They valued her voice because she was committing disposable income she had to carefully consider before spending. There was a model of trust that led to in-book surveys and a willingness to listen not as easily found in other genres. Romance told her she was good enough as she was and publishing reinforced it. It’s no accident that this democracy of opinion, born out of the genre’s lack of respectability, caused genre readers to be vocal about their opinions. It makes me sad now to see women enter the conversations about these books with apologies. I don’t want them to feel unqualified or in some way inferior. Their merit is not in their economic, marital, social or educational standing. Their merit is inside themselves, in their words and their hearts and their emotional response to a piece of art.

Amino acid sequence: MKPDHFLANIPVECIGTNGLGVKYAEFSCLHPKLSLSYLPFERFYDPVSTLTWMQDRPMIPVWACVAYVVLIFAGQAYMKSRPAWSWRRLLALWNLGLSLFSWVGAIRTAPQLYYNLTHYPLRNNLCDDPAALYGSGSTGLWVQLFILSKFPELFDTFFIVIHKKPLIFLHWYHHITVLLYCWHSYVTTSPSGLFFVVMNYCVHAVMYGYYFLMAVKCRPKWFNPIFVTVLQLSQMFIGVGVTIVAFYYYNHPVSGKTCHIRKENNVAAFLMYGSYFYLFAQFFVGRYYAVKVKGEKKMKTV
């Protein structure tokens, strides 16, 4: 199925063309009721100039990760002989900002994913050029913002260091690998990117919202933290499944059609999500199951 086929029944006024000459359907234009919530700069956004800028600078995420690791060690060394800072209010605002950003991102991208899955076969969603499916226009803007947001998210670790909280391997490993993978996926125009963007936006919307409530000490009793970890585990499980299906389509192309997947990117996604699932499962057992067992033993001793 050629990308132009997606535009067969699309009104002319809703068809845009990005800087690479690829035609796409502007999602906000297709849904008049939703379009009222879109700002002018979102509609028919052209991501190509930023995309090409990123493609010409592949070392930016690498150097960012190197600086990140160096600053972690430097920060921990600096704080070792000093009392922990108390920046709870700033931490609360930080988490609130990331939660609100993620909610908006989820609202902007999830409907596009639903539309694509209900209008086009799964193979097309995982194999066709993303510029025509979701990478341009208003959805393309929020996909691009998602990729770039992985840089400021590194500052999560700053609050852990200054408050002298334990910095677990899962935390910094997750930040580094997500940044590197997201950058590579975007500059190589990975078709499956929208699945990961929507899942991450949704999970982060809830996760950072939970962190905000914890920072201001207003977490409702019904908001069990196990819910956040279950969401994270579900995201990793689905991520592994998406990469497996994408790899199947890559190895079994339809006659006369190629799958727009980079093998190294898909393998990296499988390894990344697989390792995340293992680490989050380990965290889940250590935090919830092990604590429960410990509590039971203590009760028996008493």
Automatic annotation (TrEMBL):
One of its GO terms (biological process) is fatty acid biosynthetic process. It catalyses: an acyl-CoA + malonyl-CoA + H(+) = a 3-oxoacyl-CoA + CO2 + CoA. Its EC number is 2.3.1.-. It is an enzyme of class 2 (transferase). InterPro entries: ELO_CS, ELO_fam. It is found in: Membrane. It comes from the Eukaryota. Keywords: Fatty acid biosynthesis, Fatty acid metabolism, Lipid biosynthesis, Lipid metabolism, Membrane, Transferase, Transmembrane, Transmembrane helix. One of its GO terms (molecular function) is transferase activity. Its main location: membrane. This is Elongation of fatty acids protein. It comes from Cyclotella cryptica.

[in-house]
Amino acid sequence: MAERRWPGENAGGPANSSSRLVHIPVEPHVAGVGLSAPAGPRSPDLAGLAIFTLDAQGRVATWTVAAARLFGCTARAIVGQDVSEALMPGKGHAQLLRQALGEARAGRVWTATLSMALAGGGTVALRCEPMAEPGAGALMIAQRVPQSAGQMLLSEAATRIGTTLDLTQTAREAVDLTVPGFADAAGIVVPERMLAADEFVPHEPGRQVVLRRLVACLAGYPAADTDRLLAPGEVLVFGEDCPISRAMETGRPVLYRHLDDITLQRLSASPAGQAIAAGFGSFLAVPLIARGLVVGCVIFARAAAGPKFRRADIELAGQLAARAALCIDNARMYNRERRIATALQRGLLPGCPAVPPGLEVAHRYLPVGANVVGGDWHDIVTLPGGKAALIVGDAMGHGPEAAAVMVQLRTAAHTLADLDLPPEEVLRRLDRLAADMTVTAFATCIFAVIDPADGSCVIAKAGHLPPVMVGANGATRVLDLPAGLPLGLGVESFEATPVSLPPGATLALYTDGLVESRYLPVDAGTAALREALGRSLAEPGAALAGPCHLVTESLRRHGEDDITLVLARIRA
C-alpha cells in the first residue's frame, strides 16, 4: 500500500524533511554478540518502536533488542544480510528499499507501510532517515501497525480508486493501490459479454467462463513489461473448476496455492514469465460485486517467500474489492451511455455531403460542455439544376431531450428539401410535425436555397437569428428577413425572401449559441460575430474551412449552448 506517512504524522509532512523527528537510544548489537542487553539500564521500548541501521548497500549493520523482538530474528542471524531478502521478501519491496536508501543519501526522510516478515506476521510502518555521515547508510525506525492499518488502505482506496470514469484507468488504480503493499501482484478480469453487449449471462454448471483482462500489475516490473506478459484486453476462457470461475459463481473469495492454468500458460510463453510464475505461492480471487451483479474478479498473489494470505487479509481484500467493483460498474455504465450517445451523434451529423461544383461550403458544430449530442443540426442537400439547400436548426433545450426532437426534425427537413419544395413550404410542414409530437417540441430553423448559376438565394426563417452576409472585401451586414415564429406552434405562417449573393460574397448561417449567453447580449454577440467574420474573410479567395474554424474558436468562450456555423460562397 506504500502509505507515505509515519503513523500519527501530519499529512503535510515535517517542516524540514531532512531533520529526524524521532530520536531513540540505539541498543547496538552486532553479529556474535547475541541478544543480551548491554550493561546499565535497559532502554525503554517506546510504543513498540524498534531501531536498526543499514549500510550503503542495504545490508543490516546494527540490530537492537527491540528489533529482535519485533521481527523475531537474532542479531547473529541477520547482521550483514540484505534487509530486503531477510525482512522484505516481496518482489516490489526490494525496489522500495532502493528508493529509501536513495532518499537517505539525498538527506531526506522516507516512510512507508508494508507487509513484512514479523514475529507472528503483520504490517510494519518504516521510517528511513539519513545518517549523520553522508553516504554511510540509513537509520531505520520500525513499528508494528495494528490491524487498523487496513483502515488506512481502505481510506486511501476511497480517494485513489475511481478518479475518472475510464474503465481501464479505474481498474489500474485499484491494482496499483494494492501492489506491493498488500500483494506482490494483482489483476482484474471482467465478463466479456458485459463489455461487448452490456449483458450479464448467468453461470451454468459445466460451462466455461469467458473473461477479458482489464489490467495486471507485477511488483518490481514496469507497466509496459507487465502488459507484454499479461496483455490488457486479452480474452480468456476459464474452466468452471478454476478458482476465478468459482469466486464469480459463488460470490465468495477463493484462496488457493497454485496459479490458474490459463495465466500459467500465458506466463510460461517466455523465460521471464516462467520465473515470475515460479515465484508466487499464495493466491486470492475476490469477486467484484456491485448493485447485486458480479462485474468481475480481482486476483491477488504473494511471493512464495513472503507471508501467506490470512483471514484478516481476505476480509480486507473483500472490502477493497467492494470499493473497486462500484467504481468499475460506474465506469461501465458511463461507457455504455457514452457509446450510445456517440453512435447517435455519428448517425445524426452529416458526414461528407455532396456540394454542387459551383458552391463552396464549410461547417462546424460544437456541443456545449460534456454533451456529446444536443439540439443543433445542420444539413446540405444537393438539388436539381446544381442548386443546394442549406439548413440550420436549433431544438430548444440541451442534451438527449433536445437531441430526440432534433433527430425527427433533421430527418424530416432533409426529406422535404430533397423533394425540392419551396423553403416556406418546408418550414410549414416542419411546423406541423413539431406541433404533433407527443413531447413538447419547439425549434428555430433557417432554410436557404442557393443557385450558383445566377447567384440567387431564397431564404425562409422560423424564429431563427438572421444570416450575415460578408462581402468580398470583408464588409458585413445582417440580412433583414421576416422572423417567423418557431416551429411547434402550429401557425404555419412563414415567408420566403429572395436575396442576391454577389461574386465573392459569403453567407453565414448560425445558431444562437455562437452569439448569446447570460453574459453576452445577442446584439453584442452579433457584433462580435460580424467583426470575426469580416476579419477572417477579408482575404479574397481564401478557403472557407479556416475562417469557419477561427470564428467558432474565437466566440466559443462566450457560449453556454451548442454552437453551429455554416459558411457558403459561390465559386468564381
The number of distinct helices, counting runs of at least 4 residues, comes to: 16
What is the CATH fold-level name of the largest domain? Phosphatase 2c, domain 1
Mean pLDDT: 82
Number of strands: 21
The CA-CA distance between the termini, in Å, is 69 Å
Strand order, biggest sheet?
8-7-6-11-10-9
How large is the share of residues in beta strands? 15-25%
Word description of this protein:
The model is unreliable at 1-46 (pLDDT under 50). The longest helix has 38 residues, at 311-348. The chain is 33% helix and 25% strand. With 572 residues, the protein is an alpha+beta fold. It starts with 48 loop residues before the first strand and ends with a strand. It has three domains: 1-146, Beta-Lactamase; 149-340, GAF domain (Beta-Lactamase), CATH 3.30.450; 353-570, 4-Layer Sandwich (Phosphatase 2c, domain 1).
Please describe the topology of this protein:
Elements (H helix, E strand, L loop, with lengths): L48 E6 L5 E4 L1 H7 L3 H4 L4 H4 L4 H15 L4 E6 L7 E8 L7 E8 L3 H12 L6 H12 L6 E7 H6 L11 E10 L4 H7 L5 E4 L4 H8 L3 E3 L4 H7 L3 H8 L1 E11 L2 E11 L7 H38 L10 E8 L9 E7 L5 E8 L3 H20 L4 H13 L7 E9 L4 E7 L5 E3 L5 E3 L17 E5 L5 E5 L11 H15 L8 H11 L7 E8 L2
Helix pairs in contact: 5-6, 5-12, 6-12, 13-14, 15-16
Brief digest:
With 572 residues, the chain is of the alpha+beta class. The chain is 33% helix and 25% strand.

When we reinforce the laws of class by running after respectability we lay the groundwork for future Halestroms. When you make an uneasy compromise with GoodReads because it offers you some of what you want while taking away what you need, you make your own bargain. That’s fine. You can work for colleges to study the genre, you can beg for magazines to cover it, you can do whatever makes you feel like you’re following your path. That’s not my path.
My path is to sit in a room full of women who read because they love the stories and ask them who they are and what they think. My path is to take the core message of romance, that we all deserve happy endings, and live it in my daily life. I don’t want to see your academic or social qualifications. They don’t matter to me. You do. Because you are enough, as you are, without any external validation. You spent the most precious commodity any of us have, our limited time in this life, on experiencing a piece of art. I want to know how it made you feel. The rest of it, the social structures and economic engines, none of it matters to me. Let the Halestroms rage around us because what’s important is bigger than the gatekeepers. What’s important is you discovering your voice and using it to speak without apology. If you’re wrong, it’s ok. Be wrong. Lord knows enough of the BBA’s are and they’ve done just fine in the world.